SHE’S HEADED TO ARKANSAS FOR JOB WITH PRESTIGIOUS PROGRAM
Since her student days at Western Hills High School, Michelle Hanvey has known she wanted to be a teacher.
After her graduation Saturday from Northern Kentucky University she’s now on her way to that goal through the Teach for America program.
With her bachelor’s degree in English in hand, Hanvey has been selected to participate in the highly competitive program and will be headed to Pine Bluff, Ark. for her teaching assignment. The Teach for America program places high achieving graduates into low-income communities in an effort to eliminate educational inequalities.
“I’m in a mixture of denial it’s actually happening, and really excited to be done (with college),” said Hanvey.
For those who know Michelle, 22, it’s not surprising success has come her way so early.
“Michelle was singing the alphabet song back to me before she was even 1-year old,” said Susan Arvin Hanvey, Michelle’s mom. “Before pre-school she was bitterly angry that she couldn’t read, so I sat her down and taught her using phonics in about an hour – she was at a high school level in elementary school.”
At NKU Hanvey has achieved recognition in numerous campus activities and got her start in the career she plans to pursue.
“I joined Phi Sigma Sigma my sophomore year because I wasn’t as involved on campus as I wanted,” said Hanvey. “This was a gateway for me – it provided motivation and support, and a pathway to gain leadership and achieve change.”
The sorority also led her into community service, including volunteer work with Big Brothers Big Sisters in her sophomore year. That allowed her to begin mentoring an 11-year old fifth grader in an area elementary school.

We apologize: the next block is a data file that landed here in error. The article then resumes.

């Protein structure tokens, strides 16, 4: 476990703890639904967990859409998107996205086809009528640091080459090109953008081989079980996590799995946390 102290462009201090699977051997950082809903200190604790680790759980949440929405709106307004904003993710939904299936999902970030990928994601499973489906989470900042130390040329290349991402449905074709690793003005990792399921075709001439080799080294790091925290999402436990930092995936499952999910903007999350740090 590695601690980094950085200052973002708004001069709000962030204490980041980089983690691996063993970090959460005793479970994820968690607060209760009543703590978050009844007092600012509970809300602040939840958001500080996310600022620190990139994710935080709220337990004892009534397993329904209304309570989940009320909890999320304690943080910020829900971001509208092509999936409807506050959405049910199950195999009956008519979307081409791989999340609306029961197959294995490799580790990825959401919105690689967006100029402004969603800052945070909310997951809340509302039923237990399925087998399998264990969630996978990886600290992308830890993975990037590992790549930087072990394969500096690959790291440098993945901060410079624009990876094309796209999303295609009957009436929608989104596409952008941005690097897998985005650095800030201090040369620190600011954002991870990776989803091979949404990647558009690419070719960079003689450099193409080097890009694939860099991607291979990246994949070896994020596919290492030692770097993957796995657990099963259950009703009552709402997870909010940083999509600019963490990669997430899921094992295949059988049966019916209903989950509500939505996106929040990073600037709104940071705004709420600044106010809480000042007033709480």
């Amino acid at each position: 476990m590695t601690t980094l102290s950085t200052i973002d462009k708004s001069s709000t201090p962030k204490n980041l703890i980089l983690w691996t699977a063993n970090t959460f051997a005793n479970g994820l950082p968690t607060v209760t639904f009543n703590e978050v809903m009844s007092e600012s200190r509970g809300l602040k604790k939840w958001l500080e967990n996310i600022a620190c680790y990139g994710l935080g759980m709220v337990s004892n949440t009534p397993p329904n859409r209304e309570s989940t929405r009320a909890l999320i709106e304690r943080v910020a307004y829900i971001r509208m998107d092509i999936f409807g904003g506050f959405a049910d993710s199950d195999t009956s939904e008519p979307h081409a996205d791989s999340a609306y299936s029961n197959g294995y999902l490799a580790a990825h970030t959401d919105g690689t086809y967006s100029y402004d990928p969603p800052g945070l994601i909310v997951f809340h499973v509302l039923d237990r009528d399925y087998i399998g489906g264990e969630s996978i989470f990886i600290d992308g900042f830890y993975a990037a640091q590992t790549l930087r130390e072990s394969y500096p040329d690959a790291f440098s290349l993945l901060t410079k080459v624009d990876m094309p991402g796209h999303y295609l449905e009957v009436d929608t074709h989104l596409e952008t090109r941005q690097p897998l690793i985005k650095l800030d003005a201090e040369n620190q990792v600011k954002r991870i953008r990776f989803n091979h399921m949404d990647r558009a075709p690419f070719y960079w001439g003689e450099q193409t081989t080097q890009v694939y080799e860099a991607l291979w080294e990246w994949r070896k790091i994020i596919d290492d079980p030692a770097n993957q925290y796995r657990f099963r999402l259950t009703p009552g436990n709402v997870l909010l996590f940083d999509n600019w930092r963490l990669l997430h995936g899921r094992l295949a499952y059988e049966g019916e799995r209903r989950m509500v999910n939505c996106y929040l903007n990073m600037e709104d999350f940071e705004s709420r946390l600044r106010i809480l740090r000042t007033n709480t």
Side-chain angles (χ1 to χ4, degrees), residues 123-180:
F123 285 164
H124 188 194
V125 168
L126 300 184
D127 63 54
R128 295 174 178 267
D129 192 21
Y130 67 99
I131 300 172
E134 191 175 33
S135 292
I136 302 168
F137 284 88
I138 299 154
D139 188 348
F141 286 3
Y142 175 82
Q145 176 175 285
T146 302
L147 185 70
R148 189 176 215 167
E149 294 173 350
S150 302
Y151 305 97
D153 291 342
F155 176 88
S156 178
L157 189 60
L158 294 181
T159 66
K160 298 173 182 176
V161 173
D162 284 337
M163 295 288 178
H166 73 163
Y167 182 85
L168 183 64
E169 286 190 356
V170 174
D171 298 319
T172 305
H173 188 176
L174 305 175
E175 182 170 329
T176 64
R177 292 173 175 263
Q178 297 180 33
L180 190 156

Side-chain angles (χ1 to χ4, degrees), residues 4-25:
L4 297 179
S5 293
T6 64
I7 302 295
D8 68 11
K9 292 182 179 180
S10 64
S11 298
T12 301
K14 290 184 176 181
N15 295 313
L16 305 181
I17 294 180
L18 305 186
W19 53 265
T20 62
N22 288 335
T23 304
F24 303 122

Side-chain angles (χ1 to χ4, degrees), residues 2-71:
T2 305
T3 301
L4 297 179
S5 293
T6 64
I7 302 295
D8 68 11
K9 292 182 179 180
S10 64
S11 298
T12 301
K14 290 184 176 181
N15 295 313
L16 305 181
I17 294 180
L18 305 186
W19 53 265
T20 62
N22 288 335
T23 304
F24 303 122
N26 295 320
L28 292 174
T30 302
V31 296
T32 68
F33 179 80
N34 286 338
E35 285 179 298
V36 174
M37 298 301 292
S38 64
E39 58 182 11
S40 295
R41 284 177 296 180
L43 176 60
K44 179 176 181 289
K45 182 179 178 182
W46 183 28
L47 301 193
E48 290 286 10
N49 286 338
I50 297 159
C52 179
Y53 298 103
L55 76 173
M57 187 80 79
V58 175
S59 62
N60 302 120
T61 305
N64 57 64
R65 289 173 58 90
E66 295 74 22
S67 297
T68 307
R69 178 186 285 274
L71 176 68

The vulnerability Hanvey noticed in middle school children left a lasting impression upon her. The experience made her believe that if she set a good example it might leave an impression for such children when they grew older and had hard decisions of their own to make.
After applying for selection to Teach for America last August, Hanvey decided she would be a more competitive applicant if she had more personal experience with children. This led to another mentoring and tutoring position through the Boys and Girls Club of America at Tichenor Middle School in Erlanger, Ky.
“Michelle has developed relationships that have forged bonds with the kids that is something that can’t be taught in a classroom,” said Jodi Disselkamp, Michelle’s supervisor at Boys and Girls Club.
Hanvey will begin her two-year Teach for America stint in June when she goes to Delta State University in Mississippi for an orientation session. She starts her actual classroom teaching experience in Pine Bluff on July 19. The school will pay Hanvey’s salary, plus she will receive a $10,000 education grant upon completion of her TFA obligation.
“I loved the selection,” said Hanvey. “I immediately looked up the school, and it uses a rigorous academics model, but also offers a focus on art infusion.”
It’s precisely the type of location desperately in need of enlightened scholars to teach its next generation of children. Some might look upon this journey with trepidation, but Hanvey feels prepared and is excited by the challenge.
Michelle is unsure where her future may lie, except her conviction that it will be somewhere in education. Long range, she may pursue advanced degrees and eventually teach at the college level.
But for now she’s looking forward to beginning her life in the real world of teaching.
“I don’t know where I’ll be in 10 years, hopefully doing something extraordinary,” said Hanvey. “I think my dad said it best, ‘I don’t know how to fail,’ and that’s true.”
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See also: For Michelle Hanvey A Career Awaits After Graduation | Urban Llama | 05-10-13
Published by: The State Journal | Frankfort, KY | 05-13-13